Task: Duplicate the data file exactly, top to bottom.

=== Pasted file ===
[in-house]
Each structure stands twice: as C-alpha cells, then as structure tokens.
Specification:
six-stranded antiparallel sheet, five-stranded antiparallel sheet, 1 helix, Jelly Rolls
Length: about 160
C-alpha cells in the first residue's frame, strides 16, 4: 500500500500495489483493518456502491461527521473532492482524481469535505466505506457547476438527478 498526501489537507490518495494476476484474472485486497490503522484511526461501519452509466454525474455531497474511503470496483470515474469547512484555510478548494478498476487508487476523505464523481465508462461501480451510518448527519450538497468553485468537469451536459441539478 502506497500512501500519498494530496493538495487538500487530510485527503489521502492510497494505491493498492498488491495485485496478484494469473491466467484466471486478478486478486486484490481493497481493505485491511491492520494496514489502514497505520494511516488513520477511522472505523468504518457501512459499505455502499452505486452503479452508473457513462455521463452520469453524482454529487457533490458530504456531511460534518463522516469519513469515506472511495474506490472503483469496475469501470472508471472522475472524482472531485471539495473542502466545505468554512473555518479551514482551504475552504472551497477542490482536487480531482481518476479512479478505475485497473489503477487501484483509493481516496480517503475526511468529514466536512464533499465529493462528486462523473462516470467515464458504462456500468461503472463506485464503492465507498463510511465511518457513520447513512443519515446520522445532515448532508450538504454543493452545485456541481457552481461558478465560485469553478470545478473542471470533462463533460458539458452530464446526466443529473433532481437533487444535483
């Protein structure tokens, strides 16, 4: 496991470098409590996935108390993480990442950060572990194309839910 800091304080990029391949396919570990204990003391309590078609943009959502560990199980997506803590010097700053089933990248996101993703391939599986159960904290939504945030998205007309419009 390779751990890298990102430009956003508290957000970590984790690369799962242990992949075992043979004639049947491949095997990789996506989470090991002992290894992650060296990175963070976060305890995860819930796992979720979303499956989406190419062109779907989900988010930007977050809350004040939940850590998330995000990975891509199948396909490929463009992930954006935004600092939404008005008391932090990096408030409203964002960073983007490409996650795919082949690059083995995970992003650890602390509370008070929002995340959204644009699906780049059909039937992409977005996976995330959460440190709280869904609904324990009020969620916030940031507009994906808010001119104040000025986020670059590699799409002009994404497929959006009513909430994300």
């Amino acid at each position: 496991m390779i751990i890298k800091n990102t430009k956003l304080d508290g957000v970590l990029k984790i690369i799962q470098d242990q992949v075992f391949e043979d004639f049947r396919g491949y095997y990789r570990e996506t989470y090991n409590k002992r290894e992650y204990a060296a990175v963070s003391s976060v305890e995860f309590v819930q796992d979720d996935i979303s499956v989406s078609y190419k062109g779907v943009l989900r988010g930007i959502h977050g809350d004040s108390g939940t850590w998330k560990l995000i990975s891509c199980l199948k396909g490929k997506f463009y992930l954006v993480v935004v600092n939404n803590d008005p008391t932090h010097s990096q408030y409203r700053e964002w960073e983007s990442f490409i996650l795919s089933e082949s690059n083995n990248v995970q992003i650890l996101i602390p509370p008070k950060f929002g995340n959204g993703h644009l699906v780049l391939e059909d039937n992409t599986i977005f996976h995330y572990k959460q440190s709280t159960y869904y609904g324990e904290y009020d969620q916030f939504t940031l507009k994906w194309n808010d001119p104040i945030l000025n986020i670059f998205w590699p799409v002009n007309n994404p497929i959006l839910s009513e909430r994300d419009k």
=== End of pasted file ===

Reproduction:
[in-house]
Each structure stands twice: as C-alpha cells, then as structure tokens.
Specification:
six-stranded antiparallel sheet, five-stranded antiparallel sheet, 1 helix, Jelly Rolls
Length: about 160
C-alpha cells in the first residue's frame, strides 16, 4: 500500500500495489483493518456502491461527521473532492482524481469535505466505506457547476438527478 498526501489537507490518495494476476484474472485486497490503522484511526461501519452509466454525474455531497474511503470496483470515474469547512484555510478548494478498476487508487476523505464523481465508462461501480451510518448527519450538497468553485468537469451536459441539478 502506497500512501500519498494530496493538495487538500487530510485527503489521502492510497494505491493498492498488491495485485496478484494469473491466467484466471486478478486478486486484490481493497481493505485491511491492520494496514489502514497505520494511516488513520477511522472505523468504518457501512459499505455502499452505486452503479452508473457513462455521463452520469453524482454529487457533490458530504456531511460534518463522516469519513469515506472511495474506490472503483469496475469501470472508471472522475472524482472531485471539495473542502466545505468554512473555518479551514482551504475552504472551497477542490482536487480531482481518476479512479478505475485497473489503477487501484483509493481516496480517503475526511468529514466536512464533499465529493462528486462523473462516470467515464458504462456500468461503472463506485464503492465507498463510511465511518457513520447513512443519515446520522445532515448532508450538504454543493452545485456541481457552481461558478465560485469553478470545478473542471470533462463533460458539458452530464446526466443529473433532481437533487444535483
């Protein structure tokens, strides 16, 4: 496991470098409590996935108390993480990442950060572990194309839910 800091304080990029391949396919570990204990003391309590078609943009959502560990199980997506803590010097700053089933990248996101993703391939599986159960904290939504945030998205007309419009 390779751990890298990102430009956003508290957000970590984790690369799962242990992949075992043979004639049947491949095997990789996506989470090991002992290894992650060296990175963070976060305890995860819930796992979720979303499956989406190419062109779907989900988010930007977050809350004040939940850590998330995000990975891509199948396909490929463009992930954006935004600092939404008005008391932090990096408030409203964002960073983007490409996650795919082949690059083995995970992003650890602390509370008070929002995340959204644009699906780049059909039937992409977005996976995330959460440190709280869904609904324990009020969620916030940031507009994906808010001119104040000025986020670059590699799409002009994404497929959006009513909430994300």
């Amino acid at each position: 496991m390779i751990i890298k800091n990102t430009k956003l304080d508290g957000v970590l990029k984790i690369i799962q470098d242990q992949v075992f391949e043979d004639f049947r396919g491949y095997y990789r570990e996506t989470y090991n409590k002992r290894e992650y204990a060296a990175v963070s003391s976060v305890e995860f309590v819930q796992d979720d996935i979303s499956v989406s078609y190419k062109g779907v943009l989900r988010g930007i959502h977050g809350d004040s108390g939940t850590w998330k560990l995000i990975s891509c199980l199948k396909g490929k997506f463009y992930l954006v993480v935004v600092n939404n803590d008005p008391t932090h010097s990096q408030y409203r700053e964002w960073e983007s990442f490409i996650l795919s089933e082949s690059n083995n990248v995970q992003i650890l996101i602390p509370p008070k950060f929002g995340n959204g993703h644009l699906v780049l391939e059909d039937n992409t599986i977005f996976h995330y572990k959460q440190s709280t159960y869904y609904g324990e904290y009020d969620q916030f939504t940031l507009k994906w194309n808010d001119p104040i945030l000025n986020i670059f998205w590699p799409v002009n007309n994404p497929i959006l839910s009513e909430r994300d419009k």